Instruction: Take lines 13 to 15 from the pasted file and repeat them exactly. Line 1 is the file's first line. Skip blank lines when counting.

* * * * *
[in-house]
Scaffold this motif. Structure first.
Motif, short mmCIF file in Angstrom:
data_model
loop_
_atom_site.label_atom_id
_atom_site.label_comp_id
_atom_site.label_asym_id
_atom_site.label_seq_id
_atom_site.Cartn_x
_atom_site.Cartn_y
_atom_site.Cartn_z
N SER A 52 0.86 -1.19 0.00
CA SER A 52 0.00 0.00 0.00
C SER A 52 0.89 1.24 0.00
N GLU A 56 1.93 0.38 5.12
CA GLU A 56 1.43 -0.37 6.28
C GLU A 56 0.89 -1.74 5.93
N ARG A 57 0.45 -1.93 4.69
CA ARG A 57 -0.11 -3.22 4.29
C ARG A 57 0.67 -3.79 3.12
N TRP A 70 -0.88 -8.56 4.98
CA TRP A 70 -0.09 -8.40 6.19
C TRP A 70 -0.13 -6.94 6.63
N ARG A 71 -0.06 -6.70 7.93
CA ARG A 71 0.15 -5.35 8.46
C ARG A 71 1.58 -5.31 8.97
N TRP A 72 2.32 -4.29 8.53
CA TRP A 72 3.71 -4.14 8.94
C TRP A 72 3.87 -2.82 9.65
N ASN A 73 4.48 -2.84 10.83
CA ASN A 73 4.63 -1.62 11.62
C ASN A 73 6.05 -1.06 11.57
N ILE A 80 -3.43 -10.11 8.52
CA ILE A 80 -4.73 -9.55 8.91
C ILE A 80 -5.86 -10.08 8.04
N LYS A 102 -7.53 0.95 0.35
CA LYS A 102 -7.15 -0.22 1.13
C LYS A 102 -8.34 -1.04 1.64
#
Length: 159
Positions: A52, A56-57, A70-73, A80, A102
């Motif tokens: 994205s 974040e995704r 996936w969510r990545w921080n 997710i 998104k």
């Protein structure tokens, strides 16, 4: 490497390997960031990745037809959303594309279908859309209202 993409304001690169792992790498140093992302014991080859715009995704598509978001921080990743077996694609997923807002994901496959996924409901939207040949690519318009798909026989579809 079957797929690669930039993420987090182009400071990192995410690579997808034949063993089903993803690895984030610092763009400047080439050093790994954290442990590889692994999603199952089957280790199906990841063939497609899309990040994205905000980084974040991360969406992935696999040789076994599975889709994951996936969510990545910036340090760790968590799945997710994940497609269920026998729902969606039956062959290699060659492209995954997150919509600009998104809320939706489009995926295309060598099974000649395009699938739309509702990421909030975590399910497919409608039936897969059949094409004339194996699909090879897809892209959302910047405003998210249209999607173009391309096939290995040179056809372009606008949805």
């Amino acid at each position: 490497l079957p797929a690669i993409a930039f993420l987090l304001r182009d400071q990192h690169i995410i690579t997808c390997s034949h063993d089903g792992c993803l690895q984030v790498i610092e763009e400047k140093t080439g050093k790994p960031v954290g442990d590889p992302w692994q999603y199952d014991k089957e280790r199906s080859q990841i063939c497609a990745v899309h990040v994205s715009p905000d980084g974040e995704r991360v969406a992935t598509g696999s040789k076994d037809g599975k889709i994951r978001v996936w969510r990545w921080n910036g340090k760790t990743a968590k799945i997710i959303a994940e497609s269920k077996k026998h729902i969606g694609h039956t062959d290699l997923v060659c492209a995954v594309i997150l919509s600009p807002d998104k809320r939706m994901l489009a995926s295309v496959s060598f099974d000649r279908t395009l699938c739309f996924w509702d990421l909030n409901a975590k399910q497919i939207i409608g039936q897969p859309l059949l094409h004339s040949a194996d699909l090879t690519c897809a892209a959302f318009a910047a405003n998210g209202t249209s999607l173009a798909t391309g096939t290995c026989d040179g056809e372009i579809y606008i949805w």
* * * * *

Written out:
N SER A 52 0.86 -1.19 0.00
CA SER A 52 0.00 0.00 0.00
C SER A 52 0.89 1.24 0.00